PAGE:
AFHMP. According to HUD, when opening waiting lists, the notice of this action must be announced in a publication likely to be read by potential applicants in the same manner (if possible, in the same publications) as the notification that the waiting list was closed [HUD Handbook 4350.3, par. 4-16(B)(2)(a)]. Advertisements should include where and when to apply and should conform to the advertising and outreach activities described in the AFHMP [HUD Handbook 4350.3, par. 4-16(B)(2)(b)].

Your AFHMP is a completed HUD Form 935.2A that your local HUD office has approved. You must keep a copy in your site’s files since HUD requires that it be available for public inspection at the sales or rental office [24 CFR 200.625]. The AFHMP outlines the strategies you must use whenever you market units at your site, including how to notify potential applicants that a waiting list is open. A section of the form asks for community contacts and methods of advertising to market the site.

HUD requires you to notify the “public,” meaning the target population for your site described in your AFHMP, when you open a waiting list. The recent FHEO guidance emphasizes that a site should advertise at least 60 days before any waitlist opening. According to the guidance, this will have a meaningful effect on reducing disparities.

Tenant selection plan. Your resident selection plan says how you’ll rank applicants on the waiting list, including any preferences you’ll give for, say, disability, extremely low-income level, or working families.

The recent FHEO guidance notes that the use of preferences in housing programs can significantly restrict access to housing opportunities in a discriminatory manner, especially when demand for housing is so high that persons without a preference have little to no chance of obtaining housing. Therefore, preferences should be carefully considered in light of existing patterns of residential segregation and past discriminatory practices. And preferences for residents of a geographic area like a city or county are permitted only with advance approval by HUD, and may not discriminate in violation of civil rights laws. Owners also must clearly inform all applicants about available preferences and must give applicants an opportunity to show that they qualify for available preferences. The use of preferences must not operate in a manner contrary to civil rights protections and also must be consistent with federal requirements applicable to the housing program.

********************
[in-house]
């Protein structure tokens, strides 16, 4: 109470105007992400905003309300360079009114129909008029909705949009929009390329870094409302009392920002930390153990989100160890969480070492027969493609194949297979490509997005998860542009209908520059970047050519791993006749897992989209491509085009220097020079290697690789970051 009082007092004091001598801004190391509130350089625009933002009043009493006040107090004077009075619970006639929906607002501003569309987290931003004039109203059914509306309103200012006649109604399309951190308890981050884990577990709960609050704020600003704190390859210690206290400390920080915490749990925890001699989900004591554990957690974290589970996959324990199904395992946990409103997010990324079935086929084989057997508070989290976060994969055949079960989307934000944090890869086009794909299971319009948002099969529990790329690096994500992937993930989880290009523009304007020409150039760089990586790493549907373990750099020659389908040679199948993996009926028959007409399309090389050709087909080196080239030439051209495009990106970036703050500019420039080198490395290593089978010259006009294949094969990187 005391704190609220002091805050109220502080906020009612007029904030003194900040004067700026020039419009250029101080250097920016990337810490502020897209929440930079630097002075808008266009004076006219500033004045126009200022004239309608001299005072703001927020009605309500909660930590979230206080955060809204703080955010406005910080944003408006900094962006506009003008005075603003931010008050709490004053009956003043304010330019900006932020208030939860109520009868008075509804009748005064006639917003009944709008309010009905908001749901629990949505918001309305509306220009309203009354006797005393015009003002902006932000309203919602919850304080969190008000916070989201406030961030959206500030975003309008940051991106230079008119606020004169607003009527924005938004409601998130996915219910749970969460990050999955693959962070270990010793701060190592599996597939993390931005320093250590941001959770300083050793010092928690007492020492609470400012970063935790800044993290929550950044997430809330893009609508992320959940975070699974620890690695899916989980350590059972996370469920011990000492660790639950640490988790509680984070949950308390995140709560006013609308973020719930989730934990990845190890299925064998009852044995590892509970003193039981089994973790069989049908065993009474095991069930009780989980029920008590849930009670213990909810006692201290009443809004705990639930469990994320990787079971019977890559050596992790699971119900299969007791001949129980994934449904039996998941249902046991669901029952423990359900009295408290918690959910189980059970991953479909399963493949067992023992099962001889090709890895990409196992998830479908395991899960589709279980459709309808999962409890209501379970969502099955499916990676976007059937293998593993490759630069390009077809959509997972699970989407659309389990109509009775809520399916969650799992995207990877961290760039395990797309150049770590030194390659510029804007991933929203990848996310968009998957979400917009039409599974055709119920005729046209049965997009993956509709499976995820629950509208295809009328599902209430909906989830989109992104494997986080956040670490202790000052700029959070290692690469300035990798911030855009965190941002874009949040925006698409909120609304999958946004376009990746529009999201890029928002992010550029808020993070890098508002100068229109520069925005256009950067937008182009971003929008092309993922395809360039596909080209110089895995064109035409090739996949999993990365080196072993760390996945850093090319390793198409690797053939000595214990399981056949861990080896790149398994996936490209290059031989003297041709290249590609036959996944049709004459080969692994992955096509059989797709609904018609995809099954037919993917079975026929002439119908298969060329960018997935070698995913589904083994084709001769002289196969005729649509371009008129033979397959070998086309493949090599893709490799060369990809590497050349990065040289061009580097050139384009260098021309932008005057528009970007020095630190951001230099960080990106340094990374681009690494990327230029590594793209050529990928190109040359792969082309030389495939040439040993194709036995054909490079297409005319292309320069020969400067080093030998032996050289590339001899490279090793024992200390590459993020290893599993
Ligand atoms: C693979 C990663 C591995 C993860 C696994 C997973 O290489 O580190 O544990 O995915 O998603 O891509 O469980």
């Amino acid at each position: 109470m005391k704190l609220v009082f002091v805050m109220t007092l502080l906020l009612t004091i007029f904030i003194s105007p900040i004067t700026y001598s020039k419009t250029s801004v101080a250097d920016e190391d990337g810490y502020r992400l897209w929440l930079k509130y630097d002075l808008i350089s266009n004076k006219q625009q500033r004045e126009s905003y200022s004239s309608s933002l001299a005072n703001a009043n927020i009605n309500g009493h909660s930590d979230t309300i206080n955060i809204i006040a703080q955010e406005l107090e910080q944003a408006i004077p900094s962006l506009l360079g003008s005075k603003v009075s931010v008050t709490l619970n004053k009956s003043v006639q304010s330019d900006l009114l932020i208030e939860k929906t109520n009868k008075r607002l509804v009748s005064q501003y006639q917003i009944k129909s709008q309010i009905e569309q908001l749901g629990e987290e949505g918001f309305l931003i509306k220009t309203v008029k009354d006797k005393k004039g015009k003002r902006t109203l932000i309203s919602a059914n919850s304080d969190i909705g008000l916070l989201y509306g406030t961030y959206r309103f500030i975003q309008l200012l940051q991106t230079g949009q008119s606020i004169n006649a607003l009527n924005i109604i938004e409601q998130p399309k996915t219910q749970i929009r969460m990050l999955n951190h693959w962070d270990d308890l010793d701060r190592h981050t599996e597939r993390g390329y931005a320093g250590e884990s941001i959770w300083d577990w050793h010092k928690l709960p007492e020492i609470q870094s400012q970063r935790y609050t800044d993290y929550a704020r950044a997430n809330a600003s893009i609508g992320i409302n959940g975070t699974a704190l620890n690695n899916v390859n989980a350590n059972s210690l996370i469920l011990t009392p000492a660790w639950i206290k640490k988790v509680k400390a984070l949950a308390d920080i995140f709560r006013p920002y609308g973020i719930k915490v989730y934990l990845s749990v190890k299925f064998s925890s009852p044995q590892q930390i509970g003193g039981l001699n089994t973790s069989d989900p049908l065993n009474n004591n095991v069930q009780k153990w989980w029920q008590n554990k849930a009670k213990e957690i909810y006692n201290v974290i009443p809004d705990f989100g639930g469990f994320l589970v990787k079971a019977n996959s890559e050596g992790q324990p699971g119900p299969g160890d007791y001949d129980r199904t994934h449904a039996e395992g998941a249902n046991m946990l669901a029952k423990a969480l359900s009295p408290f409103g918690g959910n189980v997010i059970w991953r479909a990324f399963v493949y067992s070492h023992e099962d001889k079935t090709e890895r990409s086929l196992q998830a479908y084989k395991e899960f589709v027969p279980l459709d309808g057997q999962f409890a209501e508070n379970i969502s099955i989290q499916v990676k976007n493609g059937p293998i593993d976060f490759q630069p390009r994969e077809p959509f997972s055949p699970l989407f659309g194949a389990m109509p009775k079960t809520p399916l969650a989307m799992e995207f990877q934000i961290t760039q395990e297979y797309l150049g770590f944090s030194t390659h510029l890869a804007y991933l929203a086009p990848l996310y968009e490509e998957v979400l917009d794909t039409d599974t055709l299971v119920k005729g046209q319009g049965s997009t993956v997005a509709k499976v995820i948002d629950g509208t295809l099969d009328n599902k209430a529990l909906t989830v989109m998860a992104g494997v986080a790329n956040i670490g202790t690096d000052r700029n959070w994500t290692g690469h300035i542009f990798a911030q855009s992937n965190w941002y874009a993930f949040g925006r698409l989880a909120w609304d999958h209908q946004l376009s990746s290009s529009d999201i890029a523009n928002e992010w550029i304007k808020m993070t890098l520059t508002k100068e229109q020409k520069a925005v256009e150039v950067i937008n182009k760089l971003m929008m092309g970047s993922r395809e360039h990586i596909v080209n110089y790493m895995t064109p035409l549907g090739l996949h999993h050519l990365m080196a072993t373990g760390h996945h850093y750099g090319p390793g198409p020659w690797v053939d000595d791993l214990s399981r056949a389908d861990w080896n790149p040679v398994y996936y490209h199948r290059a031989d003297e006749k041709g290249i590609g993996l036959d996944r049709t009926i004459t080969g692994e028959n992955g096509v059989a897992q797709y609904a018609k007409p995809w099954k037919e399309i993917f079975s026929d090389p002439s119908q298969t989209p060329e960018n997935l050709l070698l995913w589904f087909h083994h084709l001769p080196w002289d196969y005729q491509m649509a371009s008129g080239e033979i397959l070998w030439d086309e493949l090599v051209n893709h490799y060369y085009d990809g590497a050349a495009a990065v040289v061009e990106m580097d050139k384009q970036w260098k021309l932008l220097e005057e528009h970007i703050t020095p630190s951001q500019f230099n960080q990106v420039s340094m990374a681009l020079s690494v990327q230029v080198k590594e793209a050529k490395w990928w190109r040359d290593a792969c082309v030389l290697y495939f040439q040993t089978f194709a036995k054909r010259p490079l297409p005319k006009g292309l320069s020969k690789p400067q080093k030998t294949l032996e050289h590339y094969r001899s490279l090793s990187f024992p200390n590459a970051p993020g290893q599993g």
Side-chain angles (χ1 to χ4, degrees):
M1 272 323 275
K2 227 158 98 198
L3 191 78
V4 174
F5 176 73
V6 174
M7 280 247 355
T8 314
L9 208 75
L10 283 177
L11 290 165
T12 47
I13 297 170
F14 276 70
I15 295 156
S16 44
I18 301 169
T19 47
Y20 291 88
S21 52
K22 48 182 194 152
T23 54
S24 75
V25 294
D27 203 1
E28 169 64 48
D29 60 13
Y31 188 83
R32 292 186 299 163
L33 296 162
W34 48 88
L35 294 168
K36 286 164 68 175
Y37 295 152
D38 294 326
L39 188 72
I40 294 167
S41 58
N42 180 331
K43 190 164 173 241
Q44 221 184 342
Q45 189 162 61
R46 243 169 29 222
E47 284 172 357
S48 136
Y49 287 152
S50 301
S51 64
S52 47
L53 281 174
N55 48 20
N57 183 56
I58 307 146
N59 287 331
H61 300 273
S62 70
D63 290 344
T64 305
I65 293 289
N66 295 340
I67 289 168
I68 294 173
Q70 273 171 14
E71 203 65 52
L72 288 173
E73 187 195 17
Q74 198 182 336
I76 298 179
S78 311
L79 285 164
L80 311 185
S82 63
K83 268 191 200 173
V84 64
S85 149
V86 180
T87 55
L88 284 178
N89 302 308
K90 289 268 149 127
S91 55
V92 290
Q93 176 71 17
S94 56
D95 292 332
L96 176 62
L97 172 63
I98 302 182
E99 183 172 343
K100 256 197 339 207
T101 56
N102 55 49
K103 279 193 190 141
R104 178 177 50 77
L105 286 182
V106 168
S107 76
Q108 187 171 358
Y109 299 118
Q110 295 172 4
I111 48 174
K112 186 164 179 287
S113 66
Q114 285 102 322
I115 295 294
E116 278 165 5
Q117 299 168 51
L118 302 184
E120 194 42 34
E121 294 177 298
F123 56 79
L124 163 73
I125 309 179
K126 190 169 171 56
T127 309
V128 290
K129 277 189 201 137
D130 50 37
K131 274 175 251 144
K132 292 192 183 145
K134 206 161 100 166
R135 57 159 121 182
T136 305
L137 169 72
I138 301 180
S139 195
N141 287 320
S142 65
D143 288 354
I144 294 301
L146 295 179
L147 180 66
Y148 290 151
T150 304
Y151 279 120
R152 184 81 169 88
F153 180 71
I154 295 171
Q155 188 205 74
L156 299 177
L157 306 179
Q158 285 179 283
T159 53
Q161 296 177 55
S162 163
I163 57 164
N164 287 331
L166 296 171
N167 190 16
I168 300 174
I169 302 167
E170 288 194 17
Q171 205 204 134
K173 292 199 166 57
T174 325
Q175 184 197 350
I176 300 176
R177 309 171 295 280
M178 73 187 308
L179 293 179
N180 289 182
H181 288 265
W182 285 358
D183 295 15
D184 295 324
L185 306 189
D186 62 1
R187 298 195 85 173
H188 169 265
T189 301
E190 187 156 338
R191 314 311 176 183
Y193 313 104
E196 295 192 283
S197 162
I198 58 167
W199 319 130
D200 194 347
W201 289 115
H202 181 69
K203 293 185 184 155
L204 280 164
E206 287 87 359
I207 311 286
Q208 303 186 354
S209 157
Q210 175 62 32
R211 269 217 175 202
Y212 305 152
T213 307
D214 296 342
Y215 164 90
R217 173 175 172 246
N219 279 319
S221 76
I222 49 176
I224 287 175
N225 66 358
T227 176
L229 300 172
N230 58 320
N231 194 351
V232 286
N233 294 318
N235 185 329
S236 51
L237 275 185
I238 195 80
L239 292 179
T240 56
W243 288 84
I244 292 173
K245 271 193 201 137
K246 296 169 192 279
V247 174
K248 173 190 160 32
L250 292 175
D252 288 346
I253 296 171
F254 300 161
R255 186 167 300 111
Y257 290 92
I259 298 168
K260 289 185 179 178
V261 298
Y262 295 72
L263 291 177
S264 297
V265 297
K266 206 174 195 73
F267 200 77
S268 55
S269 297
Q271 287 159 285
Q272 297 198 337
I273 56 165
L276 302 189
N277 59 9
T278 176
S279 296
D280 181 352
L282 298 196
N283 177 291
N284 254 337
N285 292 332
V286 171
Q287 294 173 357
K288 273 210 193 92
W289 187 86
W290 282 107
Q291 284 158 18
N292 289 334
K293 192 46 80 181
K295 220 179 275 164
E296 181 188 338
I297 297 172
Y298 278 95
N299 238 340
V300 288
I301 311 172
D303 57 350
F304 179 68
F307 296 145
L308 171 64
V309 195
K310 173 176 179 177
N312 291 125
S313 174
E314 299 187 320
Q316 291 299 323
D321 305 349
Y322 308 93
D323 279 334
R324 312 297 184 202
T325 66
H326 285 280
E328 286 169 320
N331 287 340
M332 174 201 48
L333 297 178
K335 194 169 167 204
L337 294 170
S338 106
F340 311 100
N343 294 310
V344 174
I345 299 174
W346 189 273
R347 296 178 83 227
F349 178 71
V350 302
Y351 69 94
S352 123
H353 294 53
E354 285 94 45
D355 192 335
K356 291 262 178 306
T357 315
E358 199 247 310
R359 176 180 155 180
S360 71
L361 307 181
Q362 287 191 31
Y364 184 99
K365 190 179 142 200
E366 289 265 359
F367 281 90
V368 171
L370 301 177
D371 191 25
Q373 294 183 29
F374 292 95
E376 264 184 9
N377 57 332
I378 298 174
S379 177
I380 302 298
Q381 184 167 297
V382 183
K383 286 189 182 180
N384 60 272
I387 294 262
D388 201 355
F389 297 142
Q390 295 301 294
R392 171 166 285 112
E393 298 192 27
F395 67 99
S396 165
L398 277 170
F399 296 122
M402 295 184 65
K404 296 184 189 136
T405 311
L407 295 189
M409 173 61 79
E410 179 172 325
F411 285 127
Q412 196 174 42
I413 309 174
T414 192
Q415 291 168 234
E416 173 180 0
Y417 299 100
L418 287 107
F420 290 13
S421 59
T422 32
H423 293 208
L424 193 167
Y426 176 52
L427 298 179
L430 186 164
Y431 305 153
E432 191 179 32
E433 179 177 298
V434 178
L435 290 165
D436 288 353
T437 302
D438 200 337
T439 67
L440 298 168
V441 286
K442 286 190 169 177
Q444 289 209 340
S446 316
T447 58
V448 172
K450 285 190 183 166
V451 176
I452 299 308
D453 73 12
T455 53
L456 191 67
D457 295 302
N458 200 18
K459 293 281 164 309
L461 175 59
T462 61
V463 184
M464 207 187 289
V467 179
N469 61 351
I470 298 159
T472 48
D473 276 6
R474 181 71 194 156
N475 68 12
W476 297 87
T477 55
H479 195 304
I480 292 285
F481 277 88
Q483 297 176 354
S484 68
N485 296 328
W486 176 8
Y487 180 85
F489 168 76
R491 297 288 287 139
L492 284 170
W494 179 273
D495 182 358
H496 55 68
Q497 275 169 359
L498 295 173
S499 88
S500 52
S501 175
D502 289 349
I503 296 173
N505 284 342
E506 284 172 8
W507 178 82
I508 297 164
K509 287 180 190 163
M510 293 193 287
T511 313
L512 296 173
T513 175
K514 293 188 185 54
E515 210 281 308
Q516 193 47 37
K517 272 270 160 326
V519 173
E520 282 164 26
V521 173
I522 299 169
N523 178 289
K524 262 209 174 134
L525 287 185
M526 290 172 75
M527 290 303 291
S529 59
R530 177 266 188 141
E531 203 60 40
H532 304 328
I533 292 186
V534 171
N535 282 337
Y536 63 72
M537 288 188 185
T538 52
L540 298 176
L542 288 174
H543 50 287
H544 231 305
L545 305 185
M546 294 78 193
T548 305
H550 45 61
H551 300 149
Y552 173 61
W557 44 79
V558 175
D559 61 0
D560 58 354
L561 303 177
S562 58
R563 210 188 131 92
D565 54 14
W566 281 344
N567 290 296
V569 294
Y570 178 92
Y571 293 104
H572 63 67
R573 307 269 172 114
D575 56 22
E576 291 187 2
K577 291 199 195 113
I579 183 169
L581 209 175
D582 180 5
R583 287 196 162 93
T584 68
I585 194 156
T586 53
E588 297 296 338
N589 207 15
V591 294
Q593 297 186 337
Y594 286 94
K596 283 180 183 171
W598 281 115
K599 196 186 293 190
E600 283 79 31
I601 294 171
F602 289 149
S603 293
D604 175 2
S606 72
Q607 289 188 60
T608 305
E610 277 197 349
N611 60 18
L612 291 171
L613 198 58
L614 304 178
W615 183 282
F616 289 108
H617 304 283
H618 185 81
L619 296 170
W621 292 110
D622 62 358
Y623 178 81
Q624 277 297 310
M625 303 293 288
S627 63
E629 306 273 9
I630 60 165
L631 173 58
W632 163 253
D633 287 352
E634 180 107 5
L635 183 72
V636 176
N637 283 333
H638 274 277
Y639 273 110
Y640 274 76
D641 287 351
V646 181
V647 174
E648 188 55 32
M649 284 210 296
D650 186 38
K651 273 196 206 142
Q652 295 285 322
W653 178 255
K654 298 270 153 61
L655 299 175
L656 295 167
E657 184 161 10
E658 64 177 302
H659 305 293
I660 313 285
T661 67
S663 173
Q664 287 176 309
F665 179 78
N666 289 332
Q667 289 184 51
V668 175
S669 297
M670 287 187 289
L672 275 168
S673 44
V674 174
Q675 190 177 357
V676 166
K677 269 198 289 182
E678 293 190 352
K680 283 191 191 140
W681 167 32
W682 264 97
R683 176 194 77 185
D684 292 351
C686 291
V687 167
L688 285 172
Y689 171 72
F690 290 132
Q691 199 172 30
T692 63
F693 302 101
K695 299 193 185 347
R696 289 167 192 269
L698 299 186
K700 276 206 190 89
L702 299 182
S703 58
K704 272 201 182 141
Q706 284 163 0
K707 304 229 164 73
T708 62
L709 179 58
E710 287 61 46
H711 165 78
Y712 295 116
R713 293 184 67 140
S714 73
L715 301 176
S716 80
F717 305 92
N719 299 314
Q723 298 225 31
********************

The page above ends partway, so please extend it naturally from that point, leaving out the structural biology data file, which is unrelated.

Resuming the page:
Tip #3: Conduct Random Drawing to Rank Applications

The fairest way to rank applications for the waitlist, particularly if you expect to attract a crush of applicants, is to use a random drawing. According to FHEO guidance, placing applicants on a waitlist pursuant to lottery rather than by prioritizing those who are first to apply is more likely to yield a more diverse tenant body, particularly when there is very high demand for the property.

Under this random drawing approach, the waiting list isn’t established based on date and time of application. Instead, the site randomly orders applications to form its waiting list. If the site anticipates receiving far more applications than it can assist in a reasonable period of time, the lottery rules can be established in advance with a limit to the number of applications that will be placed on the waiting list. When the application deadline has passed, the site randomly selects the number of applications from a pool of all applications submitted. Those selected are randomly ordered on a waiting list. It’s a good idea to ask a third party, such as your site’s lawyer, accountant, or private firm, to conduct the drawing. Otherwise, you may open yourself up to claims of discrimination or favoritism. If you keep your list open after the drawing, you can add applicants to the bottom of the list on a first-come, first-served basis.

Tip#4: Allow for Choice of Contact When Updating Waitlist

The FHEO guidance points out that procedures for updating the waitlist and removing applicant names may disadvantage or exclude certain groups of persons in accessing a housing opportunity. For example, applicants experiencing housing insecurity or homelessness may have difficulty if a stable mailing address is required, rather than allowing for communication by phone or email.

When wait times are long, removing applicants from the waitlist if mail is returned as undeliverable without any other attempt to reach an applicant can disadvantage applicants who are transient due to housing insecurity. This is especially true as people rely increasingly on phone and email, even for more formal communication with government agencies, banks, etc. Allowing applicants, the choice of how they would like to be contacted, including by mail, email, phone, or all three is less likely to unjustifiably exclude applicants.